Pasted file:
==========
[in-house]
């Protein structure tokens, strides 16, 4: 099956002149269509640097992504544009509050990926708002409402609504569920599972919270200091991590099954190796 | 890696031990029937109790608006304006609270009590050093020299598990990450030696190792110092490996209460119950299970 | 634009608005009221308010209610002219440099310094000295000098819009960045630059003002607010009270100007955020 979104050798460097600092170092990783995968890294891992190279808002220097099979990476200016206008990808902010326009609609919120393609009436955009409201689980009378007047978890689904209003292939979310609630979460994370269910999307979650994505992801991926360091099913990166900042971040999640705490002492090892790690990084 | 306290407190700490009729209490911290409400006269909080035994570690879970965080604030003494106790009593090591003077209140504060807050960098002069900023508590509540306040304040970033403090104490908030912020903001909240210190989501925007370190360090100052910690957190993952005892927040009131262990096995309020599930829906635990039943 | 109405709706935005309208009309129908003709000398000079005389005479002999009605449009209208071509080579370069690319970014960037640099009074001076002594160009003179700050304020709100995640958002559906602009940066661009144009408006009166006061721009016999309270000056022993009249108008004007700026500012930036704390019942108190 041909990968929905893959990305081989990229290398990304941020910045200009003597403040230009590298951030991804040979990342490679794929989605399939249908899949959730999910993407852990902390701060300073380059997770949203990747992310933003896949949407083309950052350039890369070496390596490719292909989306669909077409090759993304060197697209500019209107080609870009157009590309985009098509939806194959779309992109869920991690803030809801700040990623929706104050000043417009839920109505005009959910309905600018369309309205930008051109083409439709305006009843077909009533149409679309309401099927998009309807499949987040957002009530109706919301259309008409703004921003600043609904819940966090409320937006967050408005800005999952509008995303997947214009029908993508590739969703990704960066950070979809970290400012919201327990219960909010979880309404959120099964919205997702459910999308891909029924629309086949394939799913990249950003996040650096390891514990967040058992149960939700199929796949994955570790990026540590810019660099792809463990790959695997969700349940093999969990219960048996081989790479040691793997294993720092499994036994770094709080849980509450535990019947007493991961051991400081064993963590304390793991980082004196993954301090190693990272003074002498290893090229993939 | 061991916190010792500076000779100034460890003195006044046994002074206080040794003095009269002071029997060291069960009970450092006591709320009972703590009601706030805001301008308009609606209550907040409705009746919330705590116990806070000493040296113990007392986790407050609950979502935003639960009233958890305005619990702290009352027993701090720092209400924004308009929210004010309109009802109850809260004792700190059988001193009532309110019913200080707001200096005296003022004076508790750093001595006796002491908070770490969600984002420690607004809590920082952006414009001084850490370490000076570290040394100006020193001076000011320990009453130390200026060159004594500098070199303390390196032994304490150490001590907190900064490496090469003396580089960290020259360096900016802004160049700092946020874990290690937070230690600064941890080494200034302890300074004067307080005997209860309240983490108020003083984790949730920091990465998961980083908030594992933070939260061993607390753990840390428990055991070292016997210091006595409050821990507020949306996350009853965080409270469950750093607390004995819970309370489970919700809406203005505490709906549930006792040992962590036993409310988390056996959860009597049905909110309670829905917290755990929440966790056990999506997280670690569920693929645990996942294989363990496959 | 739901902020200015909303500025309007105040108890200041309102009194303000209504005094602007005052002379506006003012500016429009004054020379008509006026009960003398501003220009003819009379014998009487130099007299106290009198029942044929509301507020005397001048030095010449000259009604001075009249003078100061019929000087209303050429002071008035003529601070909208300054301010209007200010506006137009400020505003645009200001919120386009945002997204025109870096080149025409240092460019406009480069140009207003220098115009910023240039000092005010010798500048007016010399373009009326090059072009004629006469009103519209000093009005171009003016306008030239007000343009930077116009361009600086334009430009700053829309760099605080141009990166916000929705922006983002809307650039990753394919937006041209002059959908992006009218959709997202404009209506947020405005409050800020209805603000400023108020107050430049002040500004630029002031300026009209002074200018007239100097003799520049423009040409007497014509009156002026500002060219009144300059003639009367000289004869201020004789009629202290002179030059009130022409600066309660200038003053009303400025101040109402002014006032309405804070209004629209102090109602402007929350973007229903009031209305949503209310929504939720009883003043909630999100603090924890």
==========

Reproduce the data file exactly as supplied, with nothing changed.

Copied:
[in-house]
């Protein structure tokens, strides 16, 4: 099956002149269509640097992504544009509050990926708002409402609504569920599972919270200091991590099954190796 | 890696031990029937109790608006304006609270009590050093020299598990990450030696190792110092490996209460119950299970 | 634009608005009221308010209610002219440099310094000295000098819009960045630059003002607010009270100007955020 979104050798460097600092170092990783995968890294891992190279808002220097099979990476200016206008990808902010326009609609919120393609009436955009409201689980009378007047978890689904209003292939979310609630979460994370269910999307979650994505992801991926360091099913990166900042971040999640705490002492090892790690990084 | 306290407190700490009729209490911290409400006269909080035994570690879970965080604030003494106790009593090591003077209140504060807050960098002069900023508590509540306040304040970033403090104490908030912020903001909240210190989501925007370190360090100052910690957190993952005892927040009131262990096995309020599930829906635990039943 | 109405709706935005309208009309129908003709000398000079005389005479002999009605449009209208071509080579370069690319970014960037640099009074001076002594160009003179700050304020709100995640958002559906602009940066661009144009408006009166006061721009016999309270000056022993009249108008004007700026500012930036704390019942108190 041909990968929905893959990305081989990229290398990304941020910045200009003597403040230009590298951030991804040979990342490679794929989605399939249908899949959730999910993407852990902390701060300073380059997770949203990747992310933003896949949407083309950052350039890369070496390596490719292909989306669909077409090759993304060197697209500019209107080609870009157009590309985009098509939806194959779309992109869920991690803030809801700040990623929706104050000043417009839920109505005009959910309905600018369309309205930008051109083409439709305006009843077909009533149409679309309401099927998009309807499949987040957002009530109706919301259309008409703004921003600043609904819940966090409320937006967050408005800005999952509008995303997947214009029908993508590739969703990704960066950070979809970290400012919201327990219960909010979880309404959120099964919205997702459910999308891909029924629309086949394939799913990249950003996040650096390891514990967040058992149960939700199929796949994955570790990026540590810019660099792809463990790959695997969700349940093999969990219960048996081989790479040691793997294993720092499994036994770094709080849980509450535990019947007493991961051991400081064993963590304390793991980082004196993954301090190693990272003074002498290893090229993939 | 061991916190010792500076000779100034460890003195006044046994002074206080040794003095009269002071029997060291069960009970450092006591709320009972703590009601706030805001301008308009609606209550907040409705009746919330705590116990806070000493040296113990007392986790407050609950979502935003639960009233958890305005619990702290009352027993701090720092209400924004308009929210004010309109009802109850809260004792700190059988001193009532309110019913200080707001200096005296003022004076508790750093001595006796002491908070770490969600984002420690607004809590920082952006414009001084850490370490000076570290040394100006020193001076000011320990009453130390200026060159004594500098070199303390390196032994304490150490001590907190900064490496090469003396580089960290020259360096900016802004160049700092946020874990290690937070230690600064941890080494200034302890300074004067307080005997209860309240983490108020003083984790949730920091990465998961980083908030594992933070939260061993607390753990840390428990055991070292016997210091006595409050821990507020949306996350009853965080409270469950750093607390004995819970309370489970919700809406203005505490709906549930006792040992962590036993409310988390056996959860009597049905909110309670829905917290755990929440966790056990999506997280670690569920693929645990996942294989363990496959 | 739901902020200015909303500025309007105040108890200041309102009194303000209504005094602007005052002379506006003012500016429009004054020379008509006026009960003398501003220009003819009379014998009487130099007299106290009198029942044929509301507020005397001048030095010449000259009604001075009249003078100061019929000087209303050429002071008035003529601070909208300054301010209007200010506006137009400020505003645009200001919120386009945002997204025109870096080149025409240092460019406009480069140009207003220098115009910023240039000092005010010798500048007016010399373009009326090059072009004629006469009103519209000093009005171009003016306008030239007000343009930077116009361009600086334009430009700053829309760099605080141009990166916000929705922006983002809307650039990753394919937006041209002059959908992006009218959709997202404009209506947020405005409050800020209805603000400023108020107050430049002040500004630029002031300026009209002074200018007239100097003799520049423009040409007497014509009156002026500002060219009144300059003639009367000289004869201020004789009629202290002179030059009130022409600066309660200038003053009303400025101040109402002014006032309405804070209004629209102090109602402007929350973007229903009031209305949503209310929504939720009883003043909630999100603090924890």